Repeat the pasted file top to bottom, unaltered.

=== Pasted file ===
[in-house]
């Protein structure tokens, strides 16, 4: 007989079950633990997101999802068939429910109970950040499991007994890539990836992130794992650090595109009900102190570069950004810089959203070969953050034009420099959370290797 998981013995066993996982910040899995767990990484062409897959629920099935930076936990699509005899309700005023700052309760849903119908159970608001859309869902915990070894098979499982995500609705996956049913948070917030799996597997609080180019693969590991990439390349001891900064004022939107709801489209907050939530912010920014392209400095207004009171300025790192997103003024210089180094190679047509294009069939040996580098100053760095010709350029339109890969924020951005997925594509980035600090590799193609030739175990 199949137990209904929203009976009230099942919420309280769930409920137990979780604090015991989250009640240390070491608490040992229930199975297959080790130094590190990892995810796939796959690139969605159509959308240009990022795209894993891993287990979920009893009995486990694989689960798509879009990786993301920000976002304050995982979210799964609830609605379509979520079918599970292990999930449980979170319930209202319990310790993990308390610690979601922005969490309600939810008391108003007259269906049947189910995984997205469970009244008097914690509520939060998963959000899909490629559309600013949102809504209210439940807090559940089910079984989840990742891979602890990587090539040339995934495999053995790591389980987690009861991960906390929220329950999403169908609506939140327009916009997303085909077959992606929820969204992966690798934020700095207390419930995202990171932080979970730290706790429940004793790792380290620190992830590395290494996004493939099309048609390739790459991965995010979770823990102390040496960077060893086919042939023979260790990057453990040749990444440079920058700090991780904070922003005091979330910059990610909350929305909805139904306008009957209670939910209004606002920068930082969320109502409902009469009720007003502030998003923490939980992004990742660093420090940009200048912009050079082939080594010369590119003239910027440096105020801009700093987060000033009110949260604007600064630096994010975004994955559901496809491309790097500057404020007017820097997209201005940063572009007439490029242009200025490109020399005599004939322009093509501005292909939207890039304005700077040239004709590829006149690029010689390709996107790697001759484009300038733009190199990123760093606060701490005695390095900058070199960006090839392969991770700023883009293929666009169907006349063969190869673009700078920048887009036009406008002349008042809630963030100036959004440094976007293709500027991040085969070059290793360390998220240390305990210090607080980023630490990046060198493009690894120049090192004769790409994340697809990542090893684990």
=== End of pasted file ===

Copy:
[in-house]
């Protein structure tokens, strides 16, 4: 007989079950633990997101999802068939429910109970950040499991007994890539990836992130794992650090595109009900102190570069950004810089959203070969953050034009420099959370290797 998981013995066993996982910040899995767990990484062409897959629920099935930076936990699509005899309700005023700052309760849903119908159970608001859309869902915990070894098979499982995500609705996956049913948070917030799996597997609080180019693969590991990439390349001891900064004022939107709801489209907050939530912010920014392209400095207004009171300025790192997103003024210089180094190679047509294009069939040996580098100053760095010709350029339109890969924020951005997925594509980035600090590799193609030739175990 199949137990209904929203009976009230099942919420309280769930409920137990979780604090015991989250009640240390070491608490040992229930199975297959080790130094590190990892995810796939796959690139969605159509959308240009990022795209894993891993287990979920009893009995486990694989689960798509879009990786993301920000976002304050995982979210799964609830609605379509979520079918599970292990999930449980979170319930209202319990310790993990308390610690979601922005969490309600939810008391108003007259269906049947189910995984997205469970009244008097914690509520939060998963959000899909490629559309600013949102809504209210439940807090559940089910079984989840990742891979602890990587090539040339995934495999053995790591389980987690009861991960906390929220329950999403169908609506939140327009916009997303085909077959992606929820969204992966690798934020700095207390419930995202990171932080979970730290706790429940004793790792380290620190992830590395290494996004493939099309048609390739790459991965995010979770823990102390040496960077060893086919042939023979260790990057453990040749990444440079920058700090991780904070922003005091979330910059990610909350929305909805139904306008009957209670939910209004606002920068930082969320109502409902009469009720007003502030998003923490939980992004990742660093420090940009200048912009050079082939080594010369590119003239910027440096105020801009700093987060000033009110949260604007600064630096994010975004994955559901496809491309790097500057404020007017820097997209201005940063572009007439490029242009200025490109020399005599004939322009093509501005292909939207890039304005700077040239004709590829006149690029010689390709996107790697001759484009300038733009190199990123760093606060701490005695390095900058070199960006090839392969991770700023883009293929666009169907006349063969190869673009700078920048887009036009406008002349008042809630963030100036959004440094976007293709500027991040085969070059290793360390998220240390305990210090607080980023630490990046060198493009690894120049090192004769790409994340697809990542090893684990």